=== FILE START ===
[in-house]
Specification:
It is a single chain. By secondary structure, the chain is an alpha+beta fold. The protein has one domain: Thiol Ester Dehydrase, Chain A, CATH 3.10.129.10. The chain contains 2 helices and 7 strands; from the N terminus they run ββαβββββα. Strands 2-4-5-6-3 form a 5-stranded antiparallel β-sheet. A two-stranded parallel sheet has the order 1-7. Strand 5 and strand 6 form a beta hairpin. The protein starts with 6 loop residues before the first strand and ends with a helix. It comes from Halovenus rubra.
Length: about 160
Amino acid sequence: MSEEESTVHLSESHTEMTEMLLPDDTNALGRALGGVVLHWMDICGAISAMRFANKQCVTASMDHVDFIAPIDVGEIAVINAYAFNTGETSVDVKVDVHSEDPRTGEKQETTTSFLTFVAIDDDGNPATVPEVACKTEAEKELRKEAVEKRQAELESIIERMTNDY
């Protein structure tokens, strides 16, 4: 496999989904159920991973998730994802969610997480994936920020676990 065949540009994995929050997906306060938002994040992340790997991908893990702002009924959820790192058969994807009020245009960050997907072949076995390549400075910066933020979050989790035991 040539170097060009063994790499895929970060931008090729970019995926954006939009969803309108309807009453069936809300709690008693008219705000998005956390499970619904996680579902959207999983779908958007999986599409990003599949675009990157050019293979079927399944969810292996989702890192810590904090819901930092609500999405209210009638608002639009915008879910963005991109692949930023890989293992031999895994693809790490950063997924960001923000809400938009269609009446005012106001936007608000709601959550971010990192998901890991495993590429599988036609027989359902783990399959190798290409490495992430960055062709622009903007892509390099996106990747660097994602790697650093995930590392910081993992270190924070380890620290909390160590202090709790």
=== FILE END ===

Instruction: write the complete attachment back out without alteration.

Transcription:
[in-house]
Specification:
It is a single chain. By secondary structure, the chain is an alpha+beta fold. The protein has one domain: Thiol Ester Dehydrase, Chain A, CATH 3.10.129.10. The chain contains 2 helices and 7 strands; from the N terminus they run ββαβββββα. Strands 2-4-5-6-3 form a 5-stranded antiparallel β-sheet. A two-stranded parallel sheet has the order 1-7. Strand 5 and strand 6 form a beta hairpin. The protein starts with 6 loop residues before the first strand and ends with a helix. It comes from Halovenus rubra.
Length: about 160
Amino acid sequence: MSEEESTVHLSESHTEMTEMLLPDDTNALGRALGGVVLHWMDICGAISAMRFANKQCVTASMDHVDFIAPIDVGEIAVINAYAFNTGETSVDVKVDVHSEDPRTGEKQETTTSFLTFVAIDDDGNPATVPEVACKTEAEKELRKEAVEKRQAELESIIERMTNDY
């Protein structure tokens, strides 16, 4: 496999989904159920991973998730994802969610997480994936920020676990 065949540009994995929050997906306060938002994040992340790997991908893990702002009924959820790192058969994807009020245009960050997907072949076995390549400075910066933020979050989790035991 040539170097060009063994790499895929970060931008090729970019995926954006939009969803309108309807009453069936809300709690008693008219705000998005956390499970619904996680579902959207999983779908958007999986599409990003599949675009990157050019293979079927399944969810292996989702890192810590904090819901930092609500999405209210009638608002639009915008879910963005991109692949930023890989293992031999895994693809790490950063997924960001923000809400938009269609009446005012106001936007608000709601959550971010990192998901890991495993590429599988036609027989359902783990399959190798290409490495992430960055062709622009903007892509390099996106990747660097994602790697650093995930590392910081993992270190924070380890620290909390160590202090709790």